New specialist wildfire training will teach the fire services to use fire to fight wildfires
The impact of wildfires in England has led to changes being made in the training of firefighters and the techniques they use. Interestingly a number of these techniques – such as using fire to stop or slow wildfires, the creation of firebreaks, and the removal of excess vegetation (which acts as a fuel load) are very similar to those that gamekeepers already practice on moorlands around the country.
An article for the BBC quotes Chief Fire Officer Paul Hedley, wildfire lead for the National Fire Chiefs Council (NFCC), as saying that the risk and threat of such major wildfires was "clearly growing in the UK", meaning that changes had to be made. "All of this learning from international partners, who are probably still some years ahead of us, is a very sensible way of trying to get us ahead of the curve," he said.
More fire crews are now training in skills from southern Europe and the US, and fire chiefs are particularly looking to expand the number of specialist teams trained in "burn suppression" techniques - the burning of land to keep a fire contained.
The wildfire-fighting methods being rolled out across the UK rely on a 'toolbox' of skills, from creating natural firebreaks and reducing the 'fuel-load' of vegetation to setting controlled burns deliberately around wildfires to stop their spread.
Currently, just five UK units across more than 50 fire and rescue services specialise in the "fighting fire with fire" technique, mostly in moorland areas.
Matt Oakley, a fire investigations officer for Surrey Fire and Rescue, is one of the UK's national wildfire tactical advisors - a group of specialist officers who already have the skills learnt abroad and who will be training units.
"Our climate is changing - it's changing beyond recognition," he explained. "What used to be a nine to 12-year cycle, this is every year now. We are heading towards a northern Mediterranean climate in the southeast of England within the next decade and this will be business as usual day in, day out."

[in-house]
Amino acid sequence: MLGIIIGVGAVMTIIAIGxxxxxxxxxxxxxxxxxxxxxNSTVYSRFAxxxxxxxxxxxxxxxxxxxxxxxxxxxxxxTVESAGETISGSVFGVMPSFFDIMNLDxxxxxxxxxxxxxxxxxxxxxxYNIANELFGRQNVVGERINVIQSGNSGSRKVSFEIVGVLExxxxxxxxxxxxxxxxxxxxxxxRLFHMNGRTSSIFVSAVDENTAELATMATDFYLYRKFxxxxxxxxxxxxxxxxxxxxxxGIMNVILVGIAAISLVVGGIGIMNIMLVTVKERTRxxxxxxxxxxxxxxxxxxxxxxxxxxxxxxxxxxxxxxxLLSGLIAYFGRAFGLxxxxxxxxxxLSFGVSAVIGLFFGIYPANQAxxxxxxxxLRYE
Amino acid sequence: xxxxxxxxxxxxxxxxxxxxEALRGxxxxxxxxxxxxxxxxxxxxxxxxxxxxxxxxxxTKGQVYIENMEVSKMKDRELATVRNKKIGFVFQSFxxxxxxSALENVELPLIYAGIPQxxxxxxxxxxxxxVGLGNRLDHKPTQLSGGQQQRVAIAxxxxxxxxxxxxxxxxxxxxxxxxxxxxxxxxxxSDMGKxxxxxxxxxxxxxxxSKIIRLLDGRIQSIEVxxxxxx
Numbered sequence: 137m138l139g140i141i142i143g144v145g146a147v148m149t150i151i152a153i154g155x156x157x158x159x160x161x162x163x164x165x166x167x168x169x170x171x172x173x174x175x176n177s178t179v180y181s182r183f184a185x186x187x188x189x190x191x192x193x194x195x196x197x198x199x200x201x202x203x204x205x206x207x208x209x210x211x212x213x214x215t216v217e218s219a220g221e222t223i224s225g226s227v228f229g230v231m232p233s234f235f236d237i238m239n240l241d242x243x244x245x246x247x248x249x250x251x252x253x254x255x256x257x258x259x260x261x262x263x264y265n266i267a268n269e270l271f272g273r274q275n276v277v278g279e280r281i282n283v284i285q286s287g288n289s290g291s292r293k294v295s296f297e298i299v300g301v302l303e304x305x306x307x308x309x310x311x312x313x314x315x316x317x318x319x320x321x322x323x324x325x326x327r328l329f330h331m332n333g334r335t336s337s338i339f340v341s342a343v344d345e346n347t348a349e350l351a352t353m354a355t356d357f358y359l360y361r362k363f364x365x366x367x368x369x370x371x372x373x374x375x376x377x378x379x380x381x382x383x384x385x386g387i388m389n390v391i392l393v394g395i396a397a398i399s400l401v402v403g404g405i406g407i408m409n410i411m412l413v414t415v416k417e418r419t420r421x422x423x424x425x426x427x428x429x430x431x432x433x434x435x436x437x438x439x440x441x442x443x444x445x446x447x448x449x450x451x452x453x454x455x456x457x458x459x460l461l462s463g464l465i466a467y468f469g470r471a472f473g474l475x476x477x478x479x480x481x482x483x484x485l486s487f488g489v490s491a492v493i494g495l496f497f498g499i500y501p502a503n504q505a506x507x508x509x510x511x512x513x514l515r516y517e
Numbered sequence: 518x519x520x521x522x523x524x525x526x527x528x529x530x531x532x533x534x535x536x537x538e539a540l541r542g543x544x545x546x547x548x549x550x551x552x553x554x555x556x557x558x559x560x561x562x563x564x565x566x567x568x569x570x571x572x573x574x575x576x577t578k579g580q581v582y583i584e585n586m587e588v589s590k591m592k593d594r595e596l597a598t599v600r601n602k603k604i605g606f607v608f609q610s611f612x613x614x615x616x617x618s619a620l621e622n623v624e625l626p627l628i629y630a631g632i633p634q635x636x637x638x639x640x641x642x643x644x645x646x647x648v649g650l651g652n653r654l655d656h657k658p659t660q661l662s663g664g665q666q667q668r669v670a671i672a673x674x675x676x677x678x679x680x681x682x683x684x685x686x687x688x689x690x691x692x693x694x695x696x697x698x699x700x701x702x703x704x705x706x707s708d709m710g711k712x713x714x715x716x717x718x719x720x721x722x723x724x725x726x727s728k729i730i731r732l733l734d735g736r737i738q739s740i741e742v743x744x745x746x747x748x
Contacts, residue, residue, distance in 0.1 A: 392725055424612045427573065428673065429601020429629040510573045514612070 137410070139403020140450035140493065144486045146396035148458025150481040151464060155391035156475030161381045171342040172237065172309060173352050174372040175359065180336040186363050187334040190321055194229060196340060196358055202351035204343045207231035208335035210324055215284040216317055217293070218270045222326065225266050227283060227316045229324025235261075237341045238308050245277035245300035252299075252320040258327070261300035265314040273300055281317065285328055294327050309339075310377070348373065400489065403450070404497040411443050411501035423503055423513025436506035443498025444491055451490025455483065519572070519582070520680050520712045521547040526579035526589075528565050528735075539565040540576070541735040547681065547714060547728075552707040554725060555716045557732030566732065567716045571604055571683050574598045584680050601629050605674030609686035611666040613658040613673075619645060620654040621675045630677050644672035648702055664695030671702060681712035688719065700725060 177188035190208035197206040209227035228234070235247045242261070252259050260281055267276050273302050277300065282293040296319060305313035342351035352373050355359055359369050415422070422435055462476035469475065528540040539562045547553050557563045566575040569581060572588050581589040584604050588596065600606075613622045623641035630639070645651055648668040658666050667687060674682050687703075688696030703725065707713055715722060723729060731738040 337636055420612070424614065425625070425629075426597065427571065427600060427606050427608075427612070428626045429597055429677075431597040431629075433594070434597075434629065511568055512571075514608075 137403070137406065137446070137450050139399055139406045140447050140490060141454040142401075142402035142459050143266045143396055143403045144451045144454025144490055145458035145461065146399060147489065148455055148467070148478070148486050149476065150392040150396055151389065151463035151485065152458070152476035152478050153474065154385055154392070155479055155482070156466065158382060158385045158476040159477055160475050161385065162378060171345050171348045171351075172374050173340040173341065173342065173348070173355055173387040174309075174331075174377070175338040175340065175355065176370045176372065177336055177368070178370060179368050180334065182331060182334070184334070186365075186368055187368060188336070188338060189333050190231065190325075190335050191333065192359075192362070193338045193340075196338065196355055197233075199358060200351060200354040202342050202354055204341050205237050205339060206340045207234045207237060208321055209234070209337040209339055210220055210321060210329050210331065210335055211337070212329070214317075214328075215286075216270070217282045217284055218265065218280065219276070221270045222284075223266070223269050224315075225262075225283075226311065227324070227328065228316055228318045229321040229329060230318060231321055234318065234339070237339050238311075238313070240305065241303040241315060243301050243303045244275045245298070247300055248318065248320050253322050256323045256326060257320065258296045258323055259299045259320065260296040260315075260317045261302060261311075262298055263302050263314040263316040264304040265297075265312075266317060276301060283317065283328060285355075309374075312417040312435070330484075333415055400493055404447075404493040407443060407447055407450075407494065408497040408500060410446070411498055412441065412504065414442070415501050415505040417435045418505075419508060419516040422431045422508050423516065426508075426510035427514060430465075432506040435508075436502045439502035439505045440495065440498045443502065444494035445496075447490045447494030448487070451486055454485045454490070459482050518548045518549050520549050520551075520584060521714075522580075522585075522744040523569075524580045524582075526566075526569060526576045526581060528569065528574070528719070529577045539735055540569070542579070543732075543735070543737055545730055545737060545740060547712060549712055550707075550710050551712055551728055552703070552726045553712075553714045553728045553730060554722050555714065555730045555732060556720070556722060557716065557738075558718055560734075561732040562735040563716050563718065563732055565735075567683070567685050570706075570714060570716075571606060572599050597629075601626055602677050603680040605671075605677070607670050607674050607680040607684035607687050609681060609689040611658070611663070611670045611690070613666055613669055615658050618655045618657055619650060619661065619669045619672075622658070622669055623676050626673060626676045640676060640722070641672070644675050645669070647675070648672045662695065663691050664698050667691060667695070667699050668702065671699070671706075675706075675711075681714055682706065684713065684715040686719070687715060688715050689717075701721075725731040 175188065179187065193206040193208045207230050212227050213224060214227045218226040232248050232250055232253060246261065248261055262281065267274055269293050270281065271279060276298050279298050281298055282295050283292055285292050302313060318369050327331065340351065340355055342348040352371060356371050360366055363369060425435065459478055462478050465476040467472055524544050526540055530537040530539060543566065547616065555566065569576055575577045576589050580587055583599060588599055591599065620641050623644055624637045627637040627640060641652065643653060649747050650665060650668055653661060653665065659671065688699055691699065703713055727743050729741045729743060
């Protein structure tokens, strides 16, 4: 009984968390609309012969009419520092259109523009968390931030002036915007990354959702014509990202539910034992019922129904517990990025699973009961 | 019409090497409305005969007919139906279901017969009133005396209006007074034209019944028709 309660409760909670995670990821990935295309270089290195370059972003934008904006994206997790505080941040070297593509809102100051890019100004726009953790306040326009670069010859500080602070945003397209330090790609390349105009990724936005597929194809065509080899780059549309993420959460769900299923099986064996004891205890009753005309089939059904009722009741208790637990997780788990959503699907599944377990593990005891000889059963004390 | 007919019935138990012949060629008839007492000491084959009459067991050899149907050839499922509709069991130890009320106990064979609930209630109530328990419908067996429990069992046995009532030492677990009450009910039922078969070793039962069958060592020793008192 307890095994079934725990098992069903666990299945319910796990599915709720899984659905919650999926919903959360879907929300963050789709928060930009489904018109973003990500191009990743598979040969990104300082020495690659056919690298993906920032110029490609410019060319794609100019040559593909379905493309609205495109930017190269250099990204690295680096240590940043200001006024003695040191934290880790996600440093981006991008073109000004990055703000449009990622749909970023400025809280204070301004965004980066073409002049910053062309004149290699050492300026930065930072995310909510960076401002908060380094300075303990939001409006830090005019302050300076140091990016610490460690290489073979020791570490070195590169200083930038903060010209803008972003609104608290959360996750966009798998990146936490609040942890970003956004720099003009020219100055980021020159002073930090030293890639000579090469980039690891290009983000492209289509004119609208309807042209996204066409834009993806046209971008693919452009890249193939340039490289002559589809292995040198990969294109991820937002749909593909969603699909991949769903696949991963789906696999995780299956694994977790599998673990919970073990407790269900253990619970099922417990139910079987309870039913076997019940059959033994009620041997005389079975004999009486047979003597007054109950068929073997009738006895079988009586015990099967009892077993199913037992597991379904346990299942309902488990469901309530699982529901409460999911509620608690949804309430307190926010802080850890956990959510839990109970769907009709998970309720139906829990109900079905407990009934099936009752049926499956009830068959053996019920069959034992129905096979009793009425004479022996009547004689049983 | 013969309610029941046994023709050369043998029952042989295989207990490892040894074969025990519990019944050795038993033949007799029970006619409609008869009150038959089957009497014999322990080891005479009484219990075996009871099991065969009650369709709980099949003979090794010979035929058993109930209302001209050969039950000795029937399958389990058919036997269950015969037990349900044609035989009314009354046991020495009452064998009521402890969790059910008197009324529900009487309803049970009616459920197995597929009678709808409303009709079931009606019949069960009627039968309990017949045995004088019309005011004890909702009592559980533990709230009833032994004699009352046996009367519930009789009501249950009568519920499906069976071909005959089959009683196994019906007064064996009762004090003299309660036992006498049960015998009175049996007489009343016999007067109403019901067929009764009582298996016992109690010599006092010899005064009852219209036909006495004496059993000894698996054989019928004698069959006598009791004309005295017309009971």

It is interesting that when gamekeepers mention that controlled burns to reduce fuel load and create firebreaks are a vital tool in their toolbox, they are often shouted down by others who are totally against the use of fire, and who claim that rewetting peat is enough to solve our wildfire problem. What will the response be when the use of these techniques is suggested by the fire services themselves?
Rewetting of moorland and peat is hugely important – something that is recognised by all moorland owners, as can be seen in that fact that private owners have been rewetting upland peatlands for decades. However, with the UK seeing hotter and drier summers, wildfires are becoming more frequent, and a wet bog is not enough to stop a blazing fire, driven by a wind and covering thousands of acres.
There is a reason why indigenous people in warm climates, from the US to Australia and including Southern Europe, all learnt to use fire as a means of controlling wildfires and preventing them from spreading. Let's hope that by learning lessons from mediterranean countries the best methods of preventing wildfires will be implemented, regardless of any related politics.